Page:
Politicians often talk about how the U.S. holds the title of the leader of the free world. This is a fairly indisputable factual statement.

As the leader of the free world, the U.S. garners some significant benefits. Global trade uses the U.S. dollar, the U.S. has a seat on the United Nations Security Council, we have the world’s strongest economy and a multitude of other benefits.

Every single day, the U.S. and its citizens benefit from the country’s geopolitical and economic power.

Yet too often people believe these benefits should come with no cost. Too often, we as Americans only want to accept the benefits of being the leaders of the world. But being the leaders of the world doesn’t come free of cost. An inherent part of that role lies in taking on the responsibilities and burdens that come along with it.

The U.S. has the burden to protect the human rights not only of its own citizens, but also the citizens of the world. But too often the U.S. shrugs off that responsibility.

Nowhere does the U.S.’s failure to fulfill its role as world leader become more apparent than in the way the it has handled the Syrian refugee crisis.

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Even if one ignores the fairly obvious argument that the U.S. holds ultimate responsibility for the emergence of the refugee crisis, in its role as world leader, the U.S. still has a responsibility to help the Syrian refugees.

Instead, the discussion here in the U.S. regarding the refugee crisis has focused primarily on how accepting refugees could have a possible negative impact on the U.S. Fear of the possibility that terrorists could come into the country, along with the refugees, has brought the U.S. efforts to help to a halt.

So while the U.S. sits on the sideline, fearing the possibility of a terrorist attack, hundreds of thousands of Syrians perish.

People will argue that the U.S. government only has a responsibility to its citizens, but the U.S. position as leader of the world makes it responsible for all citizens of the world.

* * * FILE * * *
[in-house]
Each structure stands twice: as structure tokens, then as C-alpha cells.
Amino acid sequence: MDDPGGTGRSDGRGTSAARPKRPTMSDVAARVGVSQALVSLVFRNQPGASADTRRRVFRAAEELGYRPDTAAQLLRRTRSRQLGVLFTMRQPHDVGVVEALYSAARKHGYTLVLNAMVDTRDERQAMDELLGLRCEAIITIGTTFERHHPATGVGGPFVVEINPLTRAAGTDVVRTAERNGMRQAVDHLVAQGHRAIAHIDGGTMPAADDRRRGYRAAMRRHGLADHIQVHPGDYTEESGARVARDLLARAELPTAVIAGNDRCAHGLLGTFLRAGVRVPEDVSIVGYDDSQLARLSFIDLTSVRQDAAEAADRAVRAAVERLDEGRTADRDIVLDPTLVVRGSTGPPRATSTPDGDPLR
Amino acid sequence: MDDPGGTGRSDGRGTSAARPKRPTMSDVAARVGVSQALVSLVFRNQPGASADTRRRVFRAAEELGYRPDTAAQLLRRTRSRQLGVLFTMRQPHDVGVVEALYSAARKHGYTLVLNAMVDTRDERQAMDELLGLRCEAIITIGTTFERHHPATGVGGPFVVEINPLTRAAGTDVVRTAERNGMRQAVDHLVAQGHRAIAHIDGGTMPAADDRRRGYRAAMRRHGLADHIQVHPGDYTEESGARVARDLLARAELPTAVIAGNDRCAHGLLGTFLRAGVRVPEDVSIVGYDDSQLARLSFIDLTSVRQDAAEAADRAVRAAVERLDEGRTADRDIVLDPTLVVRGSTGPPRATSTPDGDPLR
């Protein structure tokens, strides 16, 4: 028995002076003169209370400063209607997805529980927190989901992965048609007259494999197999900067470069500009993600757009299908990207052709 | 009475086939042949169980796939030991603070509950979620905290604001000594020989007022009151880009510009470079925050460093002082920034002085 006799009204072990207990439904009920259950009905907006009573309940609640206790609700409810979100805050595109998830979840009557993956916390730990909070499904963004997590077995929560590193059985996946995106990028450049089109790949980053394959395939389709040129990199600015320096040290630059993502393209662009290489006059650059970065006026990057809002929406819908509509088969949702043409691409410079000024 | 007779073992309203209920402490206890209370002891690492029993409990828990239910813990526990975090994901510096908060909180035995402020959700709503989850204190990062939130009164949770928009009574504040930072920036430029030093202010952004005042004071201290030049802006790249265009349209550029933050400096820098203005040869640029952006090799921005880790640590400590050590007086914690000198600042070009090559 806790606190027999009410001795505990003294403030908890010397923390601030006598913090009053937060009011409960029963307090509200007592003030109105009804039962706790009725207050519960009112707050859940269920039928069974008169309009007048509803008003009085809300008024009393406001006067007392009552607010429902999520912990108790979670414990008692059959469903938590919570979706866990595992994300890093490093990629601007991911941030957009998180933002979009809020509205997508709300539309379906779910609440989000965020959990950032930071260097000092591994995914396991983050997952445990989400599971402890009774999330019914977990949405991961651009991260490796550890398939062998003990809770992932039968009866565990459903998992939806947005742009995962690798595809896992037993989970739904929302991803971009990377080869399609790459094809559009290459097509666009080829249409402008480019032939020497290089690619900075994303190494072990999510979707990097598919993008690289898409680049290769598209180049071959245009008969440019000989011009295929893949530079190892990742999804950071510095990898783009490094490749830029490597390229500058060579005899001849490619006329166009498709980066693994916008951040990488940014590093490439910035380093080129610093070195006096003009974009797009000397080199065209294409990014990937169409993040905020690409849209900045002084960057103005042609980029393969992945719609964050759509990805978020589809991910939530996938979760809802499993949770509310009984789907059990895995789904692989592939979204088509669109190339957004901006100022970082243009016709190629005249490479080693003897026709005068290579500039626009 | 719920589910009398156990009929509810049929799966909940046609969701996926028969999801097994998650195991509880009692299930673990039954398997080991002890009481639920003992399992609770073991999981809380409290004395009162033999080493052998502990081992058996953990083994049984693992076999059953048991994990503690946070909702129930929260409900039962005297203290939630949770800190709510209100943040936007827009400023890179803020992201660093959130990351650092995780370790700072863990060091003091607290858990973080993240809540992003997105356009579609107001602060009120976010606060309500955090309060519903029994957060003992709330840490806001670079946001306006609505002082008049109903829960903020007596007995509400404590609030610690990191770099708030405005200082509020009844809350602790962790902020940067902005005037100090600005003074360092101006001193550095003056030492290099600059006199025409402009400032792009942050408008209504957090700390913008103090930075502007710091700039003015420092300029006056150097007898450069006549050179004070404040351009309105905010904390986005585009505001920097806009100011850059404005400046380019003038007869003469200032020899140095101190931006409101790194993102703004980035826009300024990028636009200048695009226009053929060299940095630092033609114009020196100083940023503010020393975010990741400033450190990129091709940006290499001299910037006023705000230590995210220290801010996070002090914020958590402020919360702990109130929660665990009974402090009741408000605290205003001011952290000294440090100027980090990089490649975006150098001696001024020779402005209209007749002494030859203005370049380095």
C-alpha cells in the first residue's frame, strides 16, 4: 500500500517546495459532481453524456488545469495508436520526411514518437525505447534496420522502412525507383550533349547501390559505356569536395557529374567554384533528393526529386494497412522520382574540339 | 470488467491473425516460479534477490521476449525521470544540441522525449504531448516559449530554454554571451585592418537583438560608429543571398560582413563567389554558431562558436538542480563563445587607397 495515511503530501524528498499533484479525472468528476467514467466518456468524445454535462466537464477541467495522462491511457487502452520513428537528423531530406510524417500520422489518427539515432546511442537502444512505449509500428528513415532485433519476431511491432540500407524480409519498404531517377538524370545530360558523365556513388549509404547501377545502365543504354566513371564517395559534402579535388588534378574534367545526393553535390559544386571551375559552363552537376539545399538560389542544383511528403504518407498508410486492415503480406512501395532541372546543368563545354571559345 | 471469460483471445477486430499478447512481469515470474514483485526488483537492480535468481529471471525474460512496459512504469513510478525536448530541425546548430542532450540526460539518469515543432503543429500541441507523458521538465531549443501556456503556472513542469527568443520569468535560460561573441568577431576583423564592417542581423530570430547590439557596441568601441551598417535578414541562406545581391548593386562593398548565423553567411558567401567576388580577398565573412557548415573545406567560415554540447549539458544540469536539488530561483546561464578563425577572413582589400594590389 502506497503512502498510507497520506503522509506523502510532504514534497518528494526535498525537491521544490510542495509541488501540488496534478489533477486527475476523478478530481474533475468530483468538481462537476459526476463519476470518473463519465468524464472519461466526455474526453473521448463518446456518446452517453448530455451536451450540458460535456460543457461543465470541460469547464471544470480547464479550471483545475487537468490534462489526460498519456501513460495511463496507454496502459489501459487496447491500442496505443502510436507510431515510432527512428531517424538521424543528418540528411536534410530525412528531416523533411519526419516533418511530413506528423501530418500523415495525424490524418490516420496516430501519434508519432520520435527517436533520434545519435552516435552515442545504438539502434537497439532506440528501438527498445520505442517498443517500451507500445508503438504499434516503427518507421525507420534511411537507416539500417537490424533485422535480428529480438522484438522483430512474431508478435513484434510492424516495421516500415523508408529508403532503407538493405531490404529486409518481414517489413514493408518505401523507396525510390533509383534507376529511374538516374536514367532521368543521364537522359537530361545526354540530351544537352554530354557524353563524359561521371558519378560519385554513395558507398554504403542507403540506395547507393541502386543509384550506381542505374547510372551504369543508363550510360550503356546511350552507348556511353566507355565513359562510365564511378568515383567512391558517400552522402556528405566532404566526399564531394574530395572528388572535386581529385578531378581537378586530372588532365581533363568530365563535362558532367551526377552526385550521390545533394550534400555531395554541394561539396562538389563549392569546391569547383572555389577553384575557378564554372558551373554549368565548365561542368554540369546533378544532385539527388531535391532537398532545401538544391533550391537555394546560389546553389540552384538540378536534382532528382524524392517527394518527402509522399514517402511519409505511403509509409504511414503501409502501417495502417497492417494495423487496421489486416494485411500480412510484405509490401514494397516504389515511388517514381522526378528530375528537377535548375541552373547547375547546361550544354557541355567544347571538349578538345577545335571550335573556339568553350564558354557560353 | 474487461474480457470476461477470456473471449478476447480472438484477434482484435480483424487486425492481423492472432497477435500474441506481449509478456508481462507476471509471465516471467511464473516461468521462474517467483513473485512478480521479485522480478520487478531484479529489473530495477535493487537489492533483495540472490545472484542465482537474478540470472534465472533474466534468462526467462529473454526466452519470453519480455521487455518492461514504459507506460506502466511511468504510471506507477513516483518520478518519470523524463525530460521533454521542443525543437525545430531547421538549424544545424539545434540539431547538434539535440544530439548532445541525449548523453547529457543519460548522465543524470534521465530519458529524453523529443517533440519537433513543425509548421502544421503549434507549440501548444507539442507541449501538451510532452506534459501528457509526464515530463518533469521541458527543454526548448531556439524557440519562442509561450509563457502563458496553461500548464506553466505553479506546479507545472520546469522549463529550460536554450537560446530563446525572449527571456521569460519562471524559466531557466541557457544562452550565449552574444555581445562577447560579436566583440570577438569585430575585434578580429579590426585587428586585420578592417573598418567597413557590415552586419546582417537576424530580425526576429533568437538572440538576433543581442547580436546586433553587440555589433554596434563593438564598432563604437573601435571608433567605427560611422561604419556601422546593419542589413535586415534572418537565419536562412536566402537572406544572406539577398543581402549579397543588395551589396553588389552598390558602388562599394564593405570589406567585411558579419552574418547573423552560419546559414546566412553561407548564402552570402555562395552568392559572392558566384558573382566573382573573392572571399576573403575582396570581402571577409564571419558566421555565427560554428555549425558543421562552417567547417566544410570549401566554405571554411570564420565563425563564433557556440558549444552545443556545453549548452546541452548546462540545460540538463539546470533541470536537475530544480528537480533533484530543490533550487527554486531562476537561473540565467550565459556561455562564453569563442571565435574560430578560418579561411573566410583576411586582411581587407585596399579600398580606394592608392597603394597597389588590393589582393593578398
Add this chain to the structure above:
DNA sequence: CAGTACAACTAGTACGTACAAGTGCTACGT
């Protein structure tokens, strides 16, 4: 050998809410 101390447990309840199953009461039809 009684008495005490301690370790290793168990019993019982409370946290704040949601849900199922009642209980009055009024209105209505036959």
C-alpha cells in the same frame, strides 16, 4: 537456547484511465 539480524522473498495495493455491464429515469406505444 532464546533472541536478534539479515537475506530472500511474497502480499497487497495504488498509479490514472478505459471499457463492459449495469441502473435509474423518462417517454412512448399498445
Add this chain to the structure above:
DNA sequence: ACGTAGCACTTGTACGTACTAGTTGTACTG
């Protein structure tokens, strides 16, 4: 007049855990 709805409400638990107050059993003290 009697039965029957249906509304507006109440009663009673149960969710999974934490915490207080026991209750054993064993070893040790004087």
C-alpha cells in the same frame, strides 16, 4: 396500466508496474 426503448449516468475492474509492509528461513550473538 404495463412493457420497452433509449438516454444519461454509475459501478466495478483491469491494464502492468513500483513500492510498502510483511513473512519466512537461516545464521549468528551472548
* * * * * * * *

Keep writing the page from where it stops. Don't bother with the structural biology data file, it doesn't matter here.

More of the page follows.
Half a century ago, Americans believed communism represented the greatest threat to the U.S., while today many view terrorism as the great threat. Half a century ago the U.S. embraced with open arms the helpless people fleeing totalitarian communist regimes, and today the same country rejects those fleeing radical terrorism.

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The U.S. became the leader of the world because we used to stand up for what we believed to be right. Today, the U.S. cowers in fear when faced with that which we believe to be wrong — the same things we used to sacrifice our lives fighting against.

We used to fight in the face of danger for values like basic human rights and freedom. Today, we flee when faced with danger. Yesterday, we fought for our ideals, while today we fight our fears.

How can we justify letting our fear of terrorism decay our fundamental belief that the U.S. represents a beacon of hope and freedom in the world? How can we leave six million Syrians — six million humans — to helplessly face the very same thing we fear?

The U.S. has a moral responsibility to help those people, and today we must accept our burden. The time has come to open our arms and embrace those who need our help. No longer should we debate letting 10,000 Syrian refugees in — today we should embrace accepting hundreds of thousands.

And to hell with our fears of terrorism — our fear gives them victory. The very goal of terrorism centers on instilling fear into our hearts where compassion used to lie.

Today, the U.S. needs to step up and do its part in leading the world past the horrors of terrorism. Today, the U.S. needs to escape from fear and return to its place as the leader of the world.

So, my fellow Americans: Ask not what the world can do for you, ask what you can do for the world.

Connor Allen ([email protected]) is a junior majoring in economics and history.